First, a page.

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Most traffic offenses are civil matters, but some result in criminal charges. If convicted, you could do jail time. Even if the judge does not send you to jail, you will have a criminal record that follows you forever.
Do not assume you can handle a criminal traffic charge without help from a seasoned attorney. A New River vehicular crimes lawyer at Grand Canyon Law Group can explore every possible defense and work to protect your future.
Arizona laws designate many traffic-related offenses as crimes rather than civil offenses. Some people are used to handling traffic violations without professional assistance, but doing so is unwise if the charge carries criminal penalties. Our local vehicular crimes attorneys can challenge the prosecutor’s proof, present mitigating evidence, and secure a favorable result.
Intentionally using a vehicle to injure or harm someone is vehicular assault, a Class 3 felony. The crime is aggravated vehicular assault—a Class 2 felony—if the alleged victim of the assault is a police officer or someone under 15 years old.
Driving under the influence of alcohol or drugs is a Class 1 misdemeanor. The minimum jail sentence for a first offender is ten days, and although a judge could suspend nine days of the sentence, an offender must serve at least 24 hours. The minimum sentence increases to 90 days for a second DUI within seven years, and the offender must serve a minimum of 30 days.
A third DUI within seven years of a second conviction results in a felony charge. A second offense could also merit felony charges if the driver had a suspended license, was driving the wrong way on the road, or had a passenger under 14 in the vehicle.
According to Arizona Revised Statute §13-1201, putting another person in danger is a crime. Someone driving recklessly could face an endangerment charge. Vehicular endangerment is a Class 1 misdemeanor if the conduct risks injury to another person and a Class 6 felony if the conduct risks someone’s death.
Driving at a speed exceeding 85 miles per hour on any road in the state could lead to a criminal speeding charge. A person also could face criminal speeding charges if they drive over 35 miles per hour in a school zone or exceed a posted speed limit by 20 miles per hour in a business or residential zone. This crime is a Class 3 misdemeanor that could lead to up to 30 days in jail.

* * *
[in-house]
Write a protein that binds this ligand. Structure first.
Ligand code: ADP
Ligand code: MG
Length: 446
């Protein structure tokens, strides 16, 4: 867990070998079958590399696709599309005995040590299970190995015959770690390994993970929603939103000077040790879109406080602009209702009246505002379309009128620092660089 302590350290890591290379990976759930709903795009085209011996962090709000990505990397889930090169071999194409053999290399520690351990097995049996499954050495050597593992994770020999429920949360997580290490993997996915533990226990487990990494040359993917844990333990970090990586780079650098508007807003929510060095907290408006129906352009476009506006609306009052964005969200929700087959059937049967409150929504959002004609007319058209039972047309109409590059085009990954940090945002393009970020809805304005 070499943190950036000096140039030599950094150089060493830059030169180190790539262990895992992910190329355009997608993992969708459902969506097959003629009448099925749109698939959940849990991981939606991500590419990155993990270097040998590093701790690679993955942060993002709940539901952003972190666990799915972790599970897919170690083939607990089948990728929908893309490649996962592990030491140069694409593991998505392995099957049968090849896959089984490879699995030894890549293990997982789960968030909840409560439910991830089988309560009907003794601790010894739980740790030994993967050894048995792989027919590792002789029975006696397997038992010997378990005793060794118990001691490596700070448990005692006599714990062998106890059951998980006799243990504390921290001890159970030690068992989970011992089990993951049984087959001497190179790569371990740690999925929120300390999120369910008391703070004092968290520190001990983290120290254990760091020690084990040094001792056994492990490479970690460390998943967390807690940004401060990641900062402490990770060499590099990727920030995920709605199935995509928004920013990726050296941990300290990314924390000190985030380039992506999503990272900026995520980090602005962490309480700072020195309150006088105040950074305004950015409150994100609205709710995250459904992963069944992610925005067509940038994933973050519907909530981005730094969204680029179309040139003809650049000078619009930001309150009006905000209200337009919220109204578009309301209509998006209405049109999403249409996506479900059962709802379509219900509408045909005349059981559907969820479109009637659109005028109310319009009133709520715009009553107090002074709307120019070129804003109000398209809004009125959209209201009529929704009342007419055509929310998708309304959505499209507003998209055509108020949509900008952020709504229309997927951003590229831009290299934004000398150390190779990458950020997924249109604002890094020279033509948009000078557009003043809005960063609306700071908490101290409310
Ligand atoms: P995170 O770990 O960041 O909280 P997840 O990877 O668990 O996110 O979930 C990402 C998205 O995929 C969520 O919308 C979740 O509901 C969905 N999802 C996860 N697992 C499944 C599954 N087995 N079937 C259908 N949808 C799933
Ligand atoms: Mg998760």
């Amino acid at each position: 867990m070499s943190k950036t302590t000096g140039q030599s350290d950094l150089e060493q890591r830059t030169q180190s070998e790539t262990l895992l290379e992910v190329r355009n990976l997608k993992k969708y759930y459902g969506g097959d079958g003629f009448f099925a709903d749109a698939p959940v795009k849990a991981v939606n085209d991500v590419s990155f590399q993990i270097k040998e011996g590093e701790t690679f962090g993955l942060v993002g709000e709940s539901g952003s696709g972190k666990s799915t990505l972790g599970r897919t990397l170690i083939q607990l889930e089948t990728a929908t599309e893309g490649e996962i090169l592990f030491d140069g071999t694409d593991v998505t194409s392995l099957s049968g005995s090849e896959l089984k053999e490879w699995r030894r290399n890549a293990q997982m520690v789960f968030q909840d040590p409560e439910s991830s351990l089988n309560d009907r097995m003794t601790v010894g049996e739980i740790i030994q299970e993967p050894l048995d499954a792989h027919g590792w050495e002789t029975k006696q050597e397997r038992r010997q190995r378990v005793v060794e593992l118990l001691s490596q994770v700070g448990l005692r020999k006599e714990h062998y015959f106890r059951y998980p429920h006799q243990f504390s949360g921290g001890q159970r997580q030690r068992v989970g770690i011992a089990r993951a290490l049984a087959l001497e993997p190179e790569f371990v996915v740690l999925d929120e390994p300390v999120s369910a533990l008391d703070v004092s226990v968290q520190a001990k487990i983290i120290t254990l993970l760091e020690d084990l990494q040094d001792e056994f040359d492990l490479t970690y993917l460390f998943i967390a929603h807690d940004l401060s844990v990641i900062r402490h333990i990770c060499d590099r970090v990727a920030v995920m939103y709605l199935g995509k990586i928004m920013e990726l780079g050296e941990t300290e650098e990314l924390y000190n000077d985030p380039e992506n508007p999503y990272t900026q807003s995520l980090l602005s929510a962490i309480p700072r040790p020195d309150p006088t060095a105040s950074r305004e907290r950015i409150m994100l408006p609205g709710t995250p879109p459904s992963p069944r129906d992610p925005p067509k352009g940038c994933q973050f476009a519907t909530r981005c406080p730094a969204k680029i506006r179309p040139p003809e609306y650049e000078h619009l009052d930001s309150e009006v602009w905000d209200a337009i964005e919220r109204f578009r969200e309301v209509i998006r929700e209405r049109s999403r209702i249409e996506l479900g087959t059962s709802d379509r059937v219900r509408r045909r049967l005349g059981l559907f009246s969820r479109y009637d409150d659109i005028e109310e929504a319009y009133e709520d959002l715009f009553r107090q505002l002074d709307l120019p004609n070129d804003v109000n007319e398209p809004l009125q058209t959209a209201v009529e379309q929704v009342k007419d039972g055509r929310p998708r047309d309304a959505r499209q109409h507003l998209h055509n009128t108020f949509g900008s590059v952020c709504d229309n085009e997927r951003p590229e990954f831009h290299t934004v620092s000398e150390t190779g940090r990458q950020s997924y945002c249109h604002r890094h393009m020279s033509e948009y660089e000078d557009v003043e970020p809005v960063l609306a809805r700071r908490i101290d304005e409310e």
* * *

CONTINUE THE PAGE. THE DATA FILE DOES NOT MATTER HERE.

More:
Arizona Revised Statute §28-661 describes the crime of leaving the scene of an accident without stopping to render aid and provide identification and insurance information. A hit and run is a Class 5 felony if no one was injured, a Class 3 felony if someone was hurt or killed, and a Class 2 felony if the driver caused an accident and fled.
Driving with a suspended license is a Class 1 misdemeanor. Upon conviction, an offender could face up to six months in jail.
Knowingly or intentionally fleeing from the police in a vehicle is a Class 5 felony. A conviction could result in up to two years in prison.
Causing someone’s death through negligent vehicle operation could lead to a negligent homicide charge, a Class 4 felony leading to prison time of 18 months to three years.
Knowingly or recklessly causing someone’s death is manslaughter, and Arizona considers a vehicle a dangerous weapon. A driver could face vehicular manslaughter charges if someone dies because the driver was operating at excessive speed, under the influence, or driving recklessly. The crime is a Class 2 felony leading to a prison sentence of up to 21 years.
Regardless of the specific vehicular crime a person faces, they need skilled representation from a New River lawyer to contest the charges.
Our seasoned attorneys in New River recognize that every situation is unique and tailor the defense to the vehicular crime charge. Some defenses center on questioning the prosecutor’s evidence for the elements of the charge. Other defenses could be effective in many circumstances.
For example, if a driver’s speed was a factor in the charge, the defense could question how the police maintained and calibrated the speed detection device and the officer’s competency in using it. Similar defenses can successfully challenge the reliability of blood alcohol testing in DUI cases.
In any criminal case, legal counsel must review whether law enforcement officials respected the accused’s Constitutional and civil rights. If the officers made an improper traffic stop, conducted an illegal search, failed to inform the accused of their rights, or violated proper procedures in other ways, a New River lawyer could convince a prosecutor to withdraw the vehicular crime charge or ask a judge to dismiss it.
If you face a criminal charge related to your operation of a vehicle, you must take it seriously. You face jail time, stiff fines, and a criminal record that will follow you forever.
A New River vehicular crimes lawyer knows how to fight for a favorable resolution of the charges. Discuss your case with a seasoned attorney from Grand Canyon Law Group today.